Another year, another Georgia Senate race that’s headed to a runoff election.
Neither Democratic Sen. Raphael Warnock nor his Republican challenger Herschel Walker, a former football star, crossed the 50% threshold necessary to win outright on Tuesday. In consequence, they must battle at the polls on December 6.
But like last year’s races, the upcoming contest has sparked conversations about the troubling history of the runoff system, which some states began using in the final decades of the 19th century to quash Black political power.
Speaking with CNN, Gerald Griggs, the president of the Georgia NAACP, made plain some of his concerns about the state of voting rights ahead of next month’s runoff election.
In particular, he criticized SB 202, the wide-ranging elections law Georgia Republican Gov. Brian Kemp signed last year, after Democrats, propelled by Black voters, triumphed in both of the state’s US Senate runoff elections.
Racial justice advocates condemned the law, saying that certain elements of it target Black voters.
“(Georgia Republicans) shrunk the time for runoff campaigns (from nine weeks to four weeks). And voter registration for the runoff ended the day before the election,” Griggs explained. “These are attempts to condense the amount of time people have to vote, and thwart mobilization, especially mobilization of African American voters.”
He added, “Politicians need to speak to voters – not try to suppress them.”
To give a little bit more historical context to the runoff system, I spoke with Cal Jillson, a political science professor at Southern Methodist University, in Texas. Our conversation has been lightly edited for length and clarity.
What are the origins of runoff elections?
The origins of runoff elections go back to the 19th century, when, particularly, they were used in the South. The idea was that the South was only one party, the Democratic Party. There was no effective, competitive second party.
Most of the states in the South decided that democracy among White men required having a majority to win an election. And since you didn’t have a natural two-party system that would produce a winner with 50%-plus-one of the vote, they had a first election in the Democratic primary and then a runoff if no one got 50% or more, so that the person who took office would’ve gotten a majority vote in that second election.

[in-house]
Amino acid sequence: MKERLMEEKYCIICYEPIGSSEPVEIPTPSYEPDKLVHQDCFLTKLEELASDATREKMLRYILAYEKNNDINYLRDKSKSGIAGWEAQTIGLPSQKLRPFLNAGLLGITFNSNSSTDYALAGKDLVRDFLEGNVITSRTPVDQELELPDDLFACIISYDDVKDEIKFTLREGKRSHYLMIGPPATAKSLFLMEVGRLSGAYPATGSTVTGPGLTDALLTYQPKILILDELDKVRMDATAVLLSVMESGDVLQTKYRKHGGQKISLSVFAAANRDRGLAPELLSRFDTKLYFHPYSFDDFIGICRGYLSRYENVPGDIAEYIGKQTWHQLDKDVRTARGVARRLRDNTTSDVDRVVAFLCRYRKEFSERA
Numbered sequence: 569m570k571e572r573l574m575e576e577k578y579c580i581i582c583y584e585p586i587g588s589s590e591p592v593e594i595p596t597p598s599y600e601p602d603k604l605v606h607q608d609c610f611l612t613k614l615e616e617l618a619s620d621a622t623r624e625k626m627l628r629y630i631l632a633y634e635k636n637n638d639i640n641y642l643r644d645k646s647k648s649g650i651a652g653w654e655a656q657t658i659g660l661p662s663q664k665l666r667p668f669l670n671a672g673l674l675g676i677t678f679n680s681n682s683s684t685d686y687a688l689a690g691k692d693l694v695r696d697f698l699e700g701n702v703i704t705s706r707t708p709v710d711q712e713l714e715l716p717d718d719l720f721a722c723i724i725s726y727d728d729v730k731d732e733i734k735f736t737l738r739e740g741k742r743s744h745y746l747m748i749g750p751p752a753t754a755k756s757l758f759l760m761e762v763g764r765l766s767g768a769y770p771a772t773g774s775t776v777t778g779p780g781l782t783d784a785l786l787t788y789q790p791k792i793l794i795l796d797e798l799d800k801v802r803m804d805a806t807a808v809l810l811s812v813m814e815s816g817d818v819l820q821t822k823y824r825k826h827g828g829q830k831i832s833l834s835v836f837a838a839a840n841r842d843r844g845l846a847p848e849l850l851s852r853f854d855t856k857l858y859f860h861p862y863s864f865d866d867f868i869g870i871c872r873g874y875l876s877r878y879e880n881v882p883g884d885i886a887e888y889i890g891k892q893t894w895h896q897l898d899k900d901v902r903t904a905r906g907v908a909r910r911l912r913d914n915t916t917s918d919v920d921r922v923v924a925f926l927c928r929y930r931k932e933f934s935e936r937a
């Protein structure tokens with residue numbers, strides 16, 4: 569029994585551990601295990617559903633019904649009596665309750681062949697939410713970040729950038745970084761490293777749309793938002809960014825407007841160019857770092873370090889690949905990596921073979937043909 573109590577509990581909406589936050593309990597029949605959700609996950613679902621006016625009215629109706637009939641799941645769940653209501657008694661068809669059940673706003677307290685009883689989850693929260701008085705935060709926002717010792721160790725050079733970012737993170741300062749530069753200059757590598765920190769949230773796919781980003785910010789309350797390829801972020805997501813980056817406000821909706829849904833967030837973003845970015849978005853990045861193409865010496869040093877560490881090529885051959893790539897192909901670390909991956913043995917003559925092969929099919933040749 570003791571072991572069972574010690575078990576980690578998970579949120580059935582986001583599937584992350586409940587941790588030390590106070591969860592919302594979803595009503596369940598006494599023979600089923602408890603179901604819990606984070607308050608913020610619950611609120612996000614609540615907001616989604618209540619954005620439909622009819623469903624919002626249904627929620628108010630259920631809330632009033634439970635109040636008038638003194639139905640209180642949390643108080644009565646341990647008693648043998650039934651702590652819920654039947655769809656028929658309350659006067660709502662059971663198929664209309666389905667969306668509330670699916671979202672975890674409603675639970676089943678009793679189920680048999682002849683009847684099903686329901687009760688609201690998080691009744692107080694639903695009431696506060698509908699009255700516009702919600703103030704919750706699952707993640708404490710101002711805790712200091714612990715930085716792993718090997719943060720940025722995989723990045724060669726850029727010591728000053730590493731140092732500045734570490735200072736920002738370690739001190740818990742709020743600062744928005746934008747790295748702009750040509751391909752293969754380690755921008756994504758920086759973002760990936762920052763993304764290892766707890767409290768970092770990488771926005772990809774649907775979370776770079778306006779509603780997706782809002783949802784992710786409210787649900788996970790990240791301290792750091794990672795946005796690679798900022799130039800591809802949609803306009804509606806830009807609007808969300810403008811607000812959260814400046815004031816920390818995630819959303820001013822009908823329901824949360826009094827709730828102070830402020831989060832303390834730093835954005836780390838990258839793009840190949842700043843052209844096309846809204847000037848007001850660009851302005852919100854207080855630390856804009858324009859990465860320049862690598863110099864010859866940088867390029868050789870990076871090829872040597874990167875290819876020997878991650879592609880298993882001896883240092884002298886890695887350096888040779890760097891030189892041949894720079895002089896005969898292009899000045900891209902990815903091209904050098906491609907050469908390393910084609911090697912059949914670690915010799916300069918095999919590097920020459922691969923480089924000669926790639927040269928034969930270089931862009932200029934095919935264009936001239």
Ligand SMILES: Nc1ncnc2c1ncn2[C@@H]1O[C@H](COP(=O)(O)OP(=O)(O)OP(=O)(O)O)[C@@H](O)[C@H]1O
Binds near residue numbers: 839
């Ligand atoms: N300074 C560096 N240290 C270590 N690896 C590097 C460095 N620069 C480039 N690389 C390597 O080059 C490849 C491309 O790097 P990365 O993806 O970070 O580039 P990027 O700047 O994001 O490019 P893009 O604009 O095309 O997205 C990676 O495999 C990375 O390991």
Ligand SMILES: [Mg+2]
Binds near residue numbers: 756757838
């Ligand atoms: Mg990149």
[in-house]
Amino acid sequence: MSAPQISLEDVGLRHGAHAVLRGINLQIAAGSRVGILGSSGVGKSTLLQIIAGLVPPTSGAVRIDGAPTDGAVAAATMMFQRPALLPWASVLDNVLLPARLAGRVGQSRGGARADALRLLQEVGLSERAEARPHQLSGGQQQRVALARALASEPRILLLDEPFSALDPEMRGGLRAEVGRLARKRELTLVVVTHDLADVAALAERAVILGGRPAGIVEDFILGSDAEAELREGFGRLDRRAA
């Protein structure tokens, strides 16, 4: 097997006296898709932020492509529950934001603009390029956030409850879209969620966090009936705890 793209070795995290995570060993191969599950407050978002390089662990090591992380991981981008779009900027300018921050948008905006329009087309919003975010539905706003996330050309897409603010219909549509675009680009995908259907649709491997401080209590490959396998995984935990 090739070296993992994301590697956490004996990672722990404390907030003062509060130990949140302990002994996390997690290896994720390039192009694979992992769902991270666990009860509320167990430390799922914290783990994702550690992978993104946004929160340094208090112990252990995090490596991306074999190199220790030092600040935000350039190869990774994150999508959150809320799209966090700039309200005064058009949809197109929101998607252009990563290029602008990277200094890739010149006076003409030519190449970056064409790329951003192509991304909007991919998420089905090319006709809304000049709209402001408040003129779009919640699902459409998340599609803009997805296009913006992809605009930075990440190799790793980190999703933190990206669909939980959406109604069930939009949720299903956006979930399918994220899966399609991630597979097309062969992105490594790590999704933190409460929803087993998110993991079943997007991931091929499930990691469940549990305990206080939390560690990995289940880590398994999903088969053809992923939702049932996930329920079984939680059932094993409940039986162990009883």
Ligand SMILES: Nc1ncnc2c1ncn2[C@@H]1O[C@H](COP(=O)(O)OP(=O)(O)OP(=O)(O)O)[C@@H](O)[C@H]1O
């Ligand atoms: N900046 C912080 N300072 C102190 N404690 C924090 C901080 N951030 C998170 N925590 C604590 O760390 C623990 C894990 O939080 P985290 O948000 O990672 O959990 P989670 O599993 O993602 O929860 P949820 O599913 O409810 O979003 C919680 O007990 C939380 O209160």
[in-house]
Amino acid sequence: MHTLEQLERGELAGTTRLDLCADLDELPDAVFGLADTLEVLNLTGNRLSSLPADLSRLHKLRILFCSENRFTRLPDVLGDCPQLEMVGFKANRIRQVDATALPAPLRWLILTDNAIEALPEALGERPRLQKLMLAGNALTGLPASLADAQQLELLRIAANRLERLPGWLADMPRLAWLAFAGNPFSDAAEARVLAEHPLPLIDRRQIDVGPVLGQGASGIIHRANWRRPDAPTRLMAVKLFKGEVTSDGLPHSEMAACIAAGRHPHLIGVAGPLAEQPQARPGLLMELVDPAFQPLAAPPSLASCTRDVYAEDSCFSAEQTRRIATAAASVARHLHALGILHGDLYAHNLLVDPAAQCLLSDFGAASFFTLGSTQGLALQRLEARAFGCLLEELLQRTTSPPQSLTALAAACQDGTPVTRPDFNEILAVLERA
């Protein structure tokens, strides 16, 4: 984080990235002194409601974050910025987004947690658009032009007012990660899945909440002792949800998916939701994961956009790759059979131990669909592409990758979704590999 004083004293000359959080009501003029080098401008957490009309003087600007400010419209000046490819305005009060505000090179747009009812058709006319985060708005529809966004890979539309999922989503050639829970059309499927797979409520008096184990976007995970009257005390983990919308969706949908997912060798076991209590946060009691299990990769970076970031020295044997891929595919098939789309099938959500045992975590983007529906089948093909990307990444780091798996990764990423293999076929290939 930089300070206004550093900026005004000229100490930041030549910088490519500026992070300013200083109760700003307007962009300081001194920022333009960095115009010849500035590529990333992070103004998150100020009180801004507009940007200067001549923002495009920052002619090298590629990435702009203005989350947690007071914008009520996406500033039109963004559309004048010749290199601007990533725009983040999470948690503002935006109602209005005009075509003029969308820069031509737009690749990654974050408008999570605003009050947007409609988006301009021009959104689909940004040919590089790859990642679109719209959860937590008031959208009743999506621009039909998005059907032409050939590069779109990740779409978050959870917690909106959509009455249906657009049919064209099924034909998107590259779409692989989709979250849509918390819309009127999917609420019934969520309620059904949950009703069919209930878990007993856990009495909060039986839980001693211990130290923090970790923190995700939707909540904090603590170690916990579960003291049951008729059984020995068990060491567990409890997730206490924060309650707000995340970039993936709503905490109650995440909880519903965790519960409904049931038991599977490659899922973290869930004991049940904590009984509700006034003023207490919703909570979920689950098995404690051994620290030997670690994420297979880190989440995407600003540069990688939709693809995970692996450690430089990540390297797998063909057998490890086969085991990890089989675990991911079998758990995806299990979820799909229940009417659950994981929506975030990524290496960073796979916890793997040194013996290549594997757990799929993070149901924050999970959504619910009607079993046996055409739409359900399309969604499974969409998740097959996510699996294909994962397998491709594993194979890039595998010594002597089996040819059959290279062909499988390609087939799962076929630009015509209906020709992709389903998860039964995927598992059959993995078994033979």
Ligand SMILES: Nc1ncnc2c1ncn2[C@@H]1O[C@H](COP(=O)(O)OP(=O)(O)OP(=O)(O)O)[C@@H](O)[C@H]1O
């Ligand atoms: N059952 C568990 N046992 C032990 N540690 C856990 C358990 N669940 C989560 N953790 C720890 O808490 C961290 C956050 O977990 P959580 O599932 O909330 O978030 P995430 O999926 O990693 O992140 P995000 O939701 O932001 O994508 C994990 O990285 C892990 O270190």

When did runoff elections start getting their darker background story?
As we moved further into the Reconstruction era.
In several Southern states after the end of slavery and after Black men were allowed to vote, Black people were a majority of the electorate. There were some states where Black people were 40% or so of the electorate.
So, the White people who were in control of the legislatures used the runoff to ensure that if there were multiple candidates in the first election and a Black person ran first or even second, the White vote could consolidate in the runoff and defeat that Black candidate.
While that didn’t happen very many times, it was the logic after the end of Reconstruction, in the final decades of the 19th century and well into the 20th century. But by the time you got into the 20th century, Black people had effectively been squeezed out of the electorate, so the runoff wasn’t required to defeat them.
The thing I think people need to recognize is that the idea of runoff elections has been around for a long time. They were fairly innocuous until after the Civil War, but then they were conceived as a device to restrict the potential of Black people to affect election outcomes.
But that was a really fairly transient period, toward the end of the 19th century, because White people excluded Black people from the electorate by the early decades of the 20th century. There wasn’t a very long time when there was the possibility of a large Black vote affecting, let alone determining, outcomes.
The runoff election was maintained into the 20th century in the one-party South as a device to ensure that even if only White people were voting, the White candidate who took office as governor or whatever the office was would’ve gotten a majority of the White vote.
What do you make of the use of runoff elections today?
In the contemporary period – in which there’s two-party competition in the South, in which there’s a viable Democratic Party in Georgia and elsewhere and a viable Republican Party, too – often you’re going to get a majority winner since you have a viable two-party system. Sometimes there’ll be third-party candidates, and sometimes even more than three candidates. And then if the vote is very close between the candidates, as it was in this election, you could get a runoff trip you really don’t want.
I think that there’s no reason for the runoff. It serves no purpose. It’s a vestige. It should simply be discarded, and we should run plurality elections.